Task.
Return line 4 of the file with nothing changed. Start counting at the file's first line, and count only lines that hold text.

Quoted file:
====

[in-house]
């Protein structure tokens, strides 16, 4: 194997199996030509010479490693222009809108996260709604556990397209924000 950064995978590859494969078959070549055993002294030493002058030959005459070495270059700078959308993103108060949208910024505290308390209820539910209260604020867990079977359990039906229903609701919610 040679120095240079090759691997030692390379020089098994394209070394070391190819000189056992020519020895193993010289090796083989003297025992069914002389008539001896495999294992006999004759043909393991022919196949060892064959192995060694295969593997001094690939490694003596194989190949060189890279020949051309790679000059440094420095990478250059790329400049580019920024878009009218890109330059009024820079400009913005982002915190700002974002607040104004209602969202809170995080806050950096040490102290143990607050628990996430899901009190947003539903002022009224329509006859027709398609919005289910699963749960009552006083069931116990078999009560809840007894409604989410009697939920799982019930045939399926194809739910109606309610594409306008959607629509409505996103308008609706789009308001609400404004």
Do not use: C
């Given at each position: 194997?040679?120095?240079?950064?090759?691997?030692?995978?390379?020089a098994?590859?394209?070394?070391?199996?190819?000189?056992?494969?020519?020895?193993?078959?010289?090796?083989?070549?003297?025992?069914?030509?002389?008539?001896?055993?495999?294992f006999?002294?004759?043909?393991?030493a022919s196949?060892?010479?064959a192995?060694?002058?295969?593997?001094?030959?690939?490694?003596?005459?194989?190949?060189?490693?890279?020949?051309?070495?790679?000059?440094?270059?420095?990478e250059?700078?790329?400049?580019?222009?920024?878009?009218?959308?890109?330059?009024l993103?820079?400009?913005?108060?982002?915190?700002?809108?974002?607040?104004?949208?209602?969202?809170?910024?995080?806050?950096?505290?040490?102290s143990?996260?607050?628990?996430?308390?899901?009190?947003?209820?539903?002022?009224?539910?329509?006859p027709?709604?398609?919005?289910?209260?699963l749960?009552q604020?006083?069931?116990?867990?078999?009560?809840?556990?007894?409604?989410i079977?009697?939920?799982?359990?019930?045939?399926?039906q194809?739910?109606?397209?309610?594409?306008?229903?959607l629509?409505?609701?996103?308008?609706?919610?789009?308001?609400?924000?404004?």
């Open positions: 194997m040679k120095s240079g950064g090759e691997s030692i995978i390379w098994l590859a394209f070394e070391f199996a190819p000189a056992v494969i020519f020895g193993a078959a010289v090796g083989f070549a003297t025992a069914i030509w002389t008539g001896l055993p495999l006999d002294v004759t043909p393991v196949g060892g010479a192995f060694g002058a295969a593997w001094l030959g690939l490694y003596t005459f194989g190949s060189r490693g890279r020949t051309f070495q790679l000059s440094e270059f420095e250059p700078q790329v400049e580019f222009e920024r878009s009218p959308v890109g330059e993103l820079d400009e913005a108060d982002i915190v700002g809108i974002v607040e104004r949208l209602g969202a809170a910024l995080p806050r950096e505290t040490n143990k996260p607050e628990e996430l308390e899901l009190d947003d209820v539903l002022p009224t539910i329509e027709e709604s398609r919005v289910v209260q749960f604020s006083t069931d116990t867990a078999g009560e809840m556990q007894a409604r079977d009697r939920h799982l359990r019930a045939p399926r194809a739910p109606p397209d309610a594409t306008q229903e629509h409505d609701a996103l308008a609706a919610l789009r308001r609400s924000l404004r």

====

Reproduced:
């Given at each position: 194997?040679?120095?240079?950064?090759?691997?030692?995978?390379?020089a098994?590859?394209?070394?070391?199996?190819?000189?056992?494969?020519?020895?193993?078959?010289?090796?083989?070549?003297?025992?069914?030509?002389?008539?001896?055993?495999?294992f006999?002294?004759?043909?393991?030493a022919s196949?060892?010479?064959a192995?060694?002058?295969?593997?001094?030959?690939?490694?003596?005459?194989?190949?060189?490693?890279?020949?051309?070495?790679?000059?440094?270059?420095?990478e250059?700078?790329?400049?580019?222009?920024?878009?009218?959308?890109?330059?009024l993103?820079?400009?913005?108060?982002?915190?700002?809108?974002?607040?104004?949208?209602?969202?809170?910024?995080?806050?950096?505290?040490?102290s143990?996260?607050?628990?996430?308390?899901?009190?947003?209820?539903?002022?009224?539910?329509?006859p027709?709604?398609?919005?289910?209260?699963l749960?009552q604020?006083?069931?116990?867990?078999?009560?809840?556990?007894?409604?989410i079977?009697?939920?799982?359990?019930?045939?399926?039906q194809?739910?109606?397209?309610?594409?306008?229903?959607l629509?409505?609701?996103?308008?609706?919610?789009?308001?609400?924000?404004?």